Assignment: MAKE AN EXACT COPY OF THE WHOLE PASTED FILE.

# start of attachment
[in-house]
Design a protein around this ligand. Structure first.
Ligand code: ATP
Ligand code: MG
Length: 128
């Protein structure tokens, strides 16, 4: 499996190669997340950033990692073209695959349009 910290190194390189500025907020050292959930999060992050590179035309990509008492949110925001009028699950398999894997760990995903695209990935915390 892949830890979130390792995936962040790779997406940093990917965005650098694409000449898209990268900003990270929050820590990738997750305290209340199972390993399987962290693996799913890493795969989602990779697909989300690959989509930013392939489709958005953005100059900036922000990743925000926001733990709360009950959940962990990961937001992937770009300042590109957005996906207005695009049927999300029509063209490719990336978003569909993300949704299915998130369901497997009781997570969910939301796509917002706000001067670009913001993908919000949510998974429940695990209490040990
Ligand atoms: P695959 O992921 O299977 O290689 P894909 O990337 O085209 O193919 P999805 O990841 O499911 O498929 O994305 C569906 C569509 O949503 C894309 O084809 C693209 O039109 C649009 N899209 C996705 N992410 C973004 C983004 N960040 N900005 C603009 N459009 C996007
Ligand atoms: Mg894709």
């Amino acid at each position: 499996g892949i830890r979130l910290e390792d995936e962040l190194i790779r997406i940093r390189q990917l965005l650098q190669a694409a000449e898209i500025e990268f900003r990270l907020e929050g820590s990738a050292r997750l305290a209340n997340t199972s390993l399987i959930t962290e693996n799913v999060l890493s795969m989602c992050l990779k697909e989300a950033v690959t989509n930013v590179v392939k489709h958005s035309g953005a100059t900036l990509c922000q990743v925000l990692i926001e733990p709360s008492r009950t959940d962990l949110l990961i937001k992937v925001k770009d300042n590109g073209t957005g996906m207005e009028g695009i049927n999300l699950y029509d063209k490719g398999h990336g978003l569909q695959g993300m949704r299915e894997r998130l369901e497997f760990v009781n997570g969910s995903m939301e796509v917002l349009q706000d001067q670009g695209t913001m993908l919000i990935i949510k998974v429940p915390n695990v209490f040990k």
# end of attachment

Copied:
[in-house]
Design a protein around this ligand. Structure first.
Ligand code: ATP
Ligand code: MG
Length: 128
């Protein structure tokens, strides 16, 4: 499996190669997340950033990692073209695959349009 910290190194390189500025907020050292959930999060992050590179035309990509008492949110925001009028699950398999894997760990995903695209990935915390 892949830890979130390792995936962040790779997406940093990917965005650098694409000449898209990268900003990270929050820590990738997750305290209340199972390993399987962290693996799913890493795969989602990779697909989300690959989509930013392939489709958005953005100059900036922000990743925000926001733990709360009950959940962990990961937001992937770009300042590109957005996906207005695009049927999300029509063209490719990336978003569909993300949704299915998130369901497997009781997570969910939301796509917002706000001067670009913001993908919000949510998974429940695990209490040990
Ligand atoms: P695959 O992921 O299977 O290689 P894909 O990337 O085209 O193919 P999805 O990841 O499911 O498929 O994305 C569906 C569509 O949503 C894309 O084809 C693209 O039109 C649009 N899209 C996705 N992410 C973004 C983004 N960040 N900005 C603009 N459009 C996007
Ligand atoms: Mg894709």
């Amino acid at each position: 499996g892949i830890r979130l910290e390792d995936e962040l190194i790779r997406i940093r390189q990917l965005l650098q190669a694409a000449e898209i500025e990268f900003r990270l907020e929050g820590s990738a050292r997750l305290a209340n997340t199972s390993l399987i959930t962290e693996n799913v999060l890493s795969m989602c992050l990779k697909e989300a950033v690959t989509n930013v590179v392939k489709h958005s035309g953005a100059t900036l990509c922000q990743v925000l990692i926001e733990p709360s008492r009950t959940d962990l949110l990961i937001k992937v925001k770009d300042n590109g073209t957005g996906m207005e009028g695009i049927n999300l699950y029509d063209k490719g398999h990336g978003l569909q695959g993300m949704r299915e894997r998130l369901e497997f760990v009781n997570g969910s995903m939301e796509v917002l349009q706000d001067q670009g695209t913001m993908l919000i990935i949510k998974v429940p915390n695990v209490f040990k």